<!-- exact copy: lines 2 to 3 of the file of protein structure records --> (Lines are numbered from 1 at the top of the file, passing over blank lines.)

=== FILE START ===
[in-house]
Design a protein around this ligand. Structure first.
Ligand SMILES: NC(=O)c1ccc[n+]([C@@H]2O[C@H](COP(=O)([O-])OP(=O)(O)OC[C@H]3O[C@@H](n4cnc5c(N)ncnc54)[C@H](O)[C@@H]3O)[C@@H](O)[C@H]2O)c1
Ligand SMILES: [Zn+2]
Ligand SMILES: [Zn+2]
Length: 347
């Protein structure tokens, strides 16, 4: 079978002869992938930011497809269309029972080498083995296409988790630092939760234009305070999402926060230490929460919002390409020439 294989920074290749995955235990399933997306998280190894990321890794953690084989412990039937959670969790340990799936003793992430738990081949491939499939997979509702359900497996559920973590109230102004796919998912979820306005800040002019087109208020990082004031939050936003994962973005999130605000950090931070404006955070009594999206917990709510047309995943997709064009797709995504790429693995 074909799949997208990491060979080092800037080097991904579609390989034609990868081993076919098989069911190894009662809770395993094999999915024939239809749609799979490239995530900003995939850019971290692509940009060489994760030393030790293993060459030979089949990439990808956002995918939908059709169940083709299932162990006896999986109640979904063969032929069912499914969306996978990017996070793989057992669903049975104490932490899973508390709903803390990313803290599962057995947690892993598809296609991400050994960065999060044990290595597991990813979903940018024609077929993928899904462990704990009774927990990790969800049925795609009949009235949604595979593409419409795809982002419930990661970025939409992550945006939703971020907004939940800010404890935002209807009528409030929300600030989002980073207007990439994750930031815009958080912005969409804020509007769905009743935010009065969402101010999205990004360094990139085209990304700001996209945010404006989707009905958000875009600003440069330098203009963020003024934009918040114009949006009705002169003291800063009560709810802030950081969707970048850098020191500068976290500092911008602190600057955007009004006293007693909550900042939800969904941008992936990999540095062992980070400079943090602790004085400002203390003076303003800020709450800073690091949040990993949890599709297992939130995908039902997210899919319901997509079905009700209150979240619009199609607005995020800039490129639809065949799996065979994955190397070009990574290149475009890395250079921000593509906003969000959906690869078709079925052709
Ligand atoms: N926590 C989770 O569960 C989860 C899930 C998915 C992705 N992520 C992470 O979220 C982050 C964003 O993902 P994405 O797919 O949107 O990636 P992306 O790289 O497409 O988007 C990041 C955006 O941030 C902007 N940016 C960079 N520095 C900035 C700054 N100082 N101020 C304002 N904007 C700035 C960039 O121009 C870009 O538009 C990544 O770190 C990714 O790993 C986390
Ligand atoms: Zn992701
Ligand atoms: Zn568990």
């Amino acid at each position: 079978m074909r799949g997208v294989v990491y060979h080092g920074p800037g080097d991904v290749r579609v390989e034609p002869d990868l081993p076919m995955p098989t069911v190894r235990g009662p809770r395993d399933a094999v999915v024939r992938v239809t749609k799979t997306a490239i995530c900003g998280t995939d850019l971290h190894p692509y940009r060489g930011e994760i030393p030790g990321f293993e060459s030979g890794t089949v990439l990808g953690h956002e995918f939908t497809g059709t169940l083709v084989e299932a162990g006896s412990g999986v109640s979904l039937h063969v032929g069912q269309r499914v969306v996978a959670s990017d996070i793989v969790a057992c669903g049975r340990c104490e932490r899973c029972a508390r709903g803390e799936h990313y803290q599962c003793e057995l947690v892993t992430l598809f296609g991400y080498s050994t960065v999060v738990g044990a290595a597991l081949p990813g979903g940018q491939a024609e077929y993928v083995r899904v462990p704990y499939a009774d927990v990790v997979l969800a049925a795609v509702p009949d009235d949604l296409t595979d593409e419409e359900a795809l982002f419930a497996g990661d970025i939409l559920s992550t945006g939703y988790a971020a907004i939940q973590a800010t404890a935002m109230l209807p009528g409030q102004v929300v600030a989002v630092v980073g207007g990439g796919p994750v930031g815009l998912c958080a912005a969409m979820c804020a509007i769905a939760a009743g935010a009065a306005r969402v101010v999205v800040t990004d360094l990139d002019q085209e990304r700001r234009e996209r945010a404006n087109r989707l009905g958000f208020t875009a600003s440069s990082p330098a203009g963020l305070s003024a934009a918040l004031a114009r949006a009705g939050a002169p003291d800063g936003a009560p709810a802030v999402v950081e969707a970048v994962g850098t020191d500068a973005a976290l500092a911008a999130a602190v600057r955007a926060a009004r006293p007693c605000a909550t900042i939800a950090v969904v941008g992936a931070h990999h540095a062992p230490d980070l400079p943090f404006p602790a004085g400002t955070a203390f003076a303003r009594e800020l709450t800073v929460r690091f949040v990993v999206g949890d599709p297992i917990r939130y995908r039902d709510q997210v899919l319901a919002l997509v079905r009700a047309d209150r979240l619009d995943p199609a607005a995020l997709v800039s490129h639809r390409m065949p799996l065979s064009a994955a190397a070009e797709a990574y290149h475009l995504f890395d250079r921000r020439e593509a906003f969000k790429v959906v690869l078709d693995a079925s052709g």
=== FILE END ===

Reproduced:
Design a protein around this ligand. Structure first.
Ligand SMILES: NC(=O)c1ccc[n+]([C@@H]2O[C@H](COP(=O)([O-])OP(=O)(O)OC[C@H]3O[C@@H](n4cnc5c(N)ncnc54)[C@H](O)[C@@H]3O)[C@@H](O)[C@H]2O)c1